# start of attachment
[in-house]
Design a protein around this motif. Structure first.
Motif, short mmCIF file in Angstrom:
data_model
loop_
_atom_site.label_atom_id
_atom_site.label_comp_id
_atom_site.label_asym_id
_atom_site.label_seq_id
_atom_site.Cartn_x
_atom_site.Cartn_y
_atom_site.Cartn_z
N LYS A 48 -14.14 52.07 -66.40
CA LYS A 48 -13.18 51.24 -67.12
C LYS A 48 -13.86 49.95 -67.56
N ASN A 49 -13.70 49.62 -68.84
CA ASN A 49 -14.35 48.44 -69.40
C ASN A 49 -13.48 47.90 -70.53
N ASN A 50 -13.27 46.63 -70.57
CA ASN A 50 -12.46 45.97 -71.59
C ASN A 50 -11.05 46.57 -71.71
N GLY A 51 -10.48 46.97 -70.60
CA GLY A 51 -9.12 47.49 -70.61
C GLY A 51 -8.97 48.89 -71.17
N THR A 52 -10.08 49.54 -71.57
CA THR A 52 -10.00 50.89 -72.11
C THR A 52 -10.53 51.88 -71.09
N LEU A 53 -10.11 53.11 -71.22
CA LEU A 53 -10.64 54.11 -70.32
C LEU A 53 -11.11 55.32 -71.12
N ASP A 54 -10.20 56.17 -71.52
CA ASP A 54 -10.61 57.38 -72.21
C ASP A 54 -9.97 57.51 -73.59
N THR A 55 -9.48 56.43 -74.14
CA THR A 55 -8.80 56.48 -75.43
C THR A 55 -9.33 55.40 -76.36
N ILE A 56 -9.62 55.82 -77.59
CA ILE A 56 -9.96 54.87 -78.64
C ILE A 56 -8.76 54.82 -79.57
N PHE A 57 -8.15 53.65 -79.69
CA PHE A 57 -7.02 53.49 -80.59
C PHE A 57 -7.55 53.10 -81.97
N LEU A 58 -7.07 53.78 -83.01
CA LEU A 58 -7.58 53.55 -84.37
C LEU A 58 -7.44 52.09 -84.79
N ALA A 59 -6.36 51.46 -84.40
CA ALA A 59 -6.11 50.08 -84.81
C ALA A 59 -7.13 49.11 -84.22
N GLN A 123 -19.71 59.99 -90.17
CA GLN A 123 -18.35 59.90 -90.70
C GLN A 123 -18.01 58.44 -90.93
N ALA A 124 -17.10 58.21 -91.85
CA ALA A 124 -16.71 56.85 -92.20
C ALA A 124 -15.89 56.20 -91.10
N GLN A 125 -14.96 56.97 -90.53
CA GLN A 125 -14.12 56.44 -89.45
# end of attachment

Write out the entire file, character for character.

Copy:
[in-house]
Design a protein around this motif. Structure first.
Motif, short mmCIF file in Angstrom:
data_model
loop_
_atom_site.label_atom_id
_atom_site.label_comp_id
_atom_site.label_asym_id
_atom_site.label_seq_id
_atom_site.Cartn_x
_atom_site.Cartn_y
_atom_site.Cartn_z
N LYS A 48 -14.14 52.07 -66.40
CA LYS A 48 -13.18 51.24 -67.12
C LYS A 48 -13.86 49.95 -67.56
N ASN A 49 -13.70 49.62 -68.84
CA ASN A 49 -14.35 48.44 -69.40
C ASN A 49 -13.48 47.90 -70.53
N ASN A 50 -13.27 46.63 -70.57
CA ASN A 50 -12.46 45.97 -71.59
C ASN A 50 -11.05 46.57 -71.71
N GLY A 51 -10.48 46.97 -70.60
CA GLY A 51 -9.12 47.49 -70.61
C GLY A 51 -8.97 48.89 -71.17
N THR A 52 -10.08 49.54 -71.57
CA THR A 52 -10.00 50.89 -72.11
C THR A 52 -10.53 51.88 -71.09
N LEU A 53 -10.11 53.11 -71.22
CA LEU A 53 -10.64 54.11 -70.32
C LEU A 53 -11.11 55.32 -71.12
N ASP A 54 -10.20 56.17 -71.52
CA ASP A 54 -10.61 57.38 -72.21
C ASP A 54 -9.97 57.51 -73.59
N THR A 55 -9.48 56.43 -74.14
CA THR A 55 -8.80 56.48 -75.43
C THR A 55 -9.33 55.40 -76.36
N ILE A 56 -9.62 55.82 -77.59
CA ILE A 56 -9.96 54.87 -78.64
C ILE A 56 -8.76 54.82 -79.57
N PHE A 57 -8.15 53.65 -79.69
CA PHE A 57 -7.02 53.49 -80.59
C PHE A 57 -7.55 53.10 -81.97
N LEU A 58 -7.07 53.78 -83.01
CA LEU A 58 -7.58 53.55 -84.37
C LEU A 58 -7.44 52.09 -84.79
N ALA A 59 -6.36 51.46 -84.40
CA ALA A 59 -6.11 50.08 -84.81
C ALA A 59 -7.13 49.11 -84.22
N GLN A 123 -19.71 59.99 -90.17
CA GLN A 123 -18.35 59.90 -90.70
C GLN A 123 -18.01 58.44 -90.93
N ALA A 124 -17.10 58.21 -91.85
CA ALA A 124 -16.71 56.85 -92.20
C ALA A 124 -15.89 56.20 -91.10
N GLN A 125 -14.96 56.97 -90.53
CA GLN A 125 -14.12 56.44 -89.45